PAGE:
I want to help, but I do not want to force myself and my ideas on people. Its a lot of trouble, it has very little upside for me, and besides, how many psychiatrists does it take to change a lightbulb? Only one, but the lightbulb has to sincerely want to change.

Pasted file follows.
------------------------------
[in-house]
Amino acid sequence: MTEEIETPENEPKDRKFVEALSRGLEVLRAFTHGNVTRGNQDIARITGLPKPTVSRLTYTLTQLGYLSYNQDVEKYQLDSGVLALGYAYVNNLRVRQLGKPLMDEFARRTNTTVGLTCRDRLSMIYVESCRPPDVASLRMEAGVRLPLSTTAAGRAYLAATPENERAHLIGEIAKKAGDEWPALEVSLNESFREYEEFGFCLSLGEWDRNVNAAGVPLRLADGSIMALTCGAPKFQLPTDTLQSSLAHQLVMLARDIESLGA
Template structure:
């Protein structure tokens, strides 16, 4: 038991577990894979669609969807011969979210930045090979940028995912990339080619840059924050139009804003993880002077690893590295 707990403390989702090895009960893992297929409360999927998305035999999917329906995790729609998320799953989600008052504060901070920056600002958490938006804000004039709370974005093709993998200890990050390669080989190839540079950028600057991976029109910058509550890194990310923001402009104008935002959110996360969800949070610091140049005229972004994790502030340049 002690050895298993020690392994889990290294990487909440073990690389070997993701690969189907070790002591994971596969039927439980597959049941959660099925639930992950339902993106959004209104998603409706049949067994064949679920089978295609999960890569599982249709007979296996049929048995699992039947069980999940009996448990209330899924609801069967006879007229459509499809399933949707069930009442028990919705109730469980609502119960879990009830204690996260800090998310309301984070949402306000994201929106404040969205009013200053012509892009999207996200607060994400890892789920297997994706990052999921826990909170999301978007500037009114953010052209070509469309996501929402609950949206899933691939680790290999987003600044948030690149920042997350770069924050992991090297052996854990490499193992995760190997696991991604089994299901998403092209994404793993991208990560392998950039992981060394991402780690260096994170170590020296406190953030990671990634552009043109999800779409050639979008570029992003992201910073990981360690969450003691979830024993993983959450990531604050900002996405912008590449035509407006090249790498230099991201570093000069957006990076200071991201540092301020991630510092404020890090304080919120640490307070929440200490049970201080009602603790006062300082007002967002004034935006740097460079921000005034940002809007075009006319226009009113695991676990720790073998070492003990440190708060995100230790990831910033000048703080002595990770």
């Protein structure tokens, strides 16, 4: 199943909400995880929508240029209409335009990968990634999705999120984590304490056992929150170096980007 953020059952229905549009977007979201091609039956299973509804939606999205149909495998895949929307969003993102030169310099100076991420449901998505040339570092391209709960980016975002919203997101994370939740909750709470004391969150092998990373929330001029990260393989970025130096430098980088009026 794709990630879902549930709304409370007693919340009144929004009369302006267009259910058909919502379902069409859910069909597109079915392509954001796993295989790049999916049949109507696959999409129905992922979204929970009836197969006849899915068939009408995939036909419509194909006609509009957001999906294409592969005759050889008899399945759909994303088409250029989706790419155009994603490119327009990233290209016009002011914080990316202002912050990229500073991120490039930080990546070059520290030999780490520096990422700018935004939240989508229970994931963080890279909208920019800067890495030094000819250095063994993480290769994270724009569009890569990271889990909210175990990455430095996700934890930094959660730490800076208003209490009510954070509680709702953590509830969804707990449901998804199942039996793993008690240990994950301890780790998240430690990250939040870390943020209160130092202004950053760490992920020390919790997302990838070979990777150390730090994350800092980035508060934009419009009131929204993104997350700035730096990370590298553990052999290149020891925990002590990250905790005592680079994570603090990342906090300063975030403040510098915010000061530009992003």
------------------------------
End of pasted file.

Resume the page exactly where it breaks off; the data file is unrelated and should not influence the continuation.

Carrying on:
1. Issues include encouraging people to go into computer animation in spite of vast unemployment, having keynote speakers who do not know what a computer is, blind endorsement of many of the worst people of the entertainment industry and so forth. I will write a more concise description of what exactly I would have SIGGRAPH do to bring more balance to the force but until then you can get a very good idea from reading some of the posts on the right side of this blog listed under SIGGRAPH. And please do not say that SIGGRAPH can not do this or that. Be serious, ok? SIGGRAPH can certainly pick keynote speakers who are from our community. SIGGRAPH can certainly make it clear to young people what the statistics are about employment and have counter programming. They could certainly have discussion of the state of employment in computer animation in fiction and non-fiction areas. They can certainly have representation by non-entertainment users of computer graphics. There is not the slightest prohibition of any of this in their charter. People need to grow up a little about what they can and can not do.